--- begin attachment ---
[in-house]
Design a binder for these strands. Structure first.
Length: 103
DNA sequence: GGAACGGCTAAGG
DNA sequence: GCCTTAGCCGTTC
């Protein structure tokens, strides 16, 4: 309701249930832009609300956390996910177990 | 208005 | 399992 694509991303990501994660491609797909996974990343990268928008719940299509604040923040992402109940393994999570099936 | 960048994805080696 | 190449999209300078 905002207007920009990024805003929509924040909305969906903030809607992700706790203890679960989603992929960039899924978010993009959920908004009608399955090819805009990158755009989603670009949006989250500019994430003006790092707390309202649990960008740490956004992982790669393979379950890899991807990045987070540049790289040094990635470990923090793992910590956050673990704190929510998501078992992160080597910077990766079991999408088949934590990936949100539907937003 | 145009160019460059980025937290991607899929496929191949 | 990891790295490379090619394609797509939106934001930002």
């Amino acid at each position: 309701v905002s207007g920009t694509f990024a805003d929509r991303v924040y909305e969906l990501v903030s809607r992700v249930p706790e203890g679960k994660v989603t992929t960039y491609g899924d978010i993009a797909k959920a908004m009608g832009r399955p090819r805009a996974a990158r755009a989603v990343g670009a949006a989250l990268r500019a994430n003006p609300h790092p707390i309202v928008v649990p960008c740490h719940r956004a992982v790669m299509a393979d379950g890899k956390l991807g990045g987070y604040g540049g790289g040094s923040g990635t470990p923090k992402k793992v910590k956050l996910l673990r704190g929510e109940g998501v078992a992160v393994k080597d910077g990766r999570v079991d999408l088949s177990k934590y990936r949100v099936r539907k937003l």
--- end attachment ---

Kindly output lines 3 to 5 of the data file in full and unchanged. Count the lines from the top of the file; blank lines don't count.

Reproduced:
Length: 103
DNA sequence: GGAACGGCTAAGG
DNA sequence: GCCTTAGCCGTTC